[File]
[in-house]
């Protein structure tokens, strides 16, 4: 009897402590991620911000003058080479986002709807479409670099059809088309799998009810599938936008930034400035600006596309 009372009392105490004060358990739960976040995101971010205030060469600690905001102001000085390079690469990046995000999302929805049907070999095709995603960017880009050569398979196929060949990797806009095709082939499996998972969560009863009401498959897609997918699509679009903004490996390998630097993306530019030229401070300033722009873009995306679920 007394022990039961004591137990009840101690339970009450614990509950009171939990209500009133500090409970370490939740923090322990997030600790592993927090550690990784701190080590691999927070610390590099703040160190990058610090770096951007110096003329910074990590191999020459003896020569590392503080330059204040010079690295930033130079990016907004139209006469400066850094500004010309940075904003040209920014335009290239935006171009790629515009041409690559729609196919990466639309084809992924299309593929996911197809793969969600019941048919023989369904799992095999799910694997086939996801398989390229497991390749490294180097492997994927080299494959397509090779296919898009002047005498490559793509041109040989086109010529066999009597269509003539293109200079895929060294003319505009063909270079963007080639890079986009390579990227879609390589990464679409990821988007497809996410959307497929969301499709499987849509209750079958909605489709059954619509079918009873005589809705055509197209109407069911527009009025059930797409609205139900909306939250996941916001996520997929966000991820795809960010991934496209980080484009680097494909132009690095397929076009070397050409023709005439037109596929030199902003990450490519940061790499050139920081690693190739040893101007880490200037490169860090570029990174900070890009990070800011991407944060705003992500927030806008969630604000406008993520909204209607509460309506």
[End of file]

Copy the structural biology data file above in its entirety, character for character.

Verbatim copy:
[in-house]
């Protein structure tokens, strides 16, 4: 009897402590991620911000003058080479986002709807479409670099059809088309799998009810599938936008930034400035600006596309 009372009392105490004060358990739960976040995101971010205030060469600690905001102001000085390079690469990046995000999302929805049907070999095709995603960017880009050569398979196929060949990797806009095709082939499996998972969560009863009401498959897609997918699509679009903004490996390998630097993306530019030229401070300033722009873009995306679920 007394022990039961004591137990009840101690339970009450614990509950009171939990209500009133500090409970370490939740923090322990997030600790592993927090550690990784701190080590691999927070610390590099703040160190990058610090770096951007110096003329910074990590191999020459003896020569590392503080330059204040010079690295930033130079990016907004139209006469400066850094500004010309940075904003040209920014335009290239935006171009790629515009041409690559729609196919990466639309084809992924299309593929996911197809793969969600019941048919023989369904799992095999799910694997086939996801398989390229497991390749490294180097492997994927080299494959397509090779296919898009002047005498490559793509041109040989086109010529066999009597269509003539293109200079895929060294003319505009063909270079963007080639890079986009390579990227879609390589990464679409990821988007497809996410959307497929969301499709499987849509209750079958909605489709059954619509079918009873005589809705055509197209109407069911527009009025059930797409609205139900909306939250996941916001996520997929966000991820795809960010991934496209980080484009680097494909132009690095397929076009070397050409023709005439037109596929030199902003990450490519940061790499050139920081690693190739040893101007880490200037490169860090570029990174900070890009990070800011991407944060705003992500927030806008969630604000406008993520909204209607509460309506």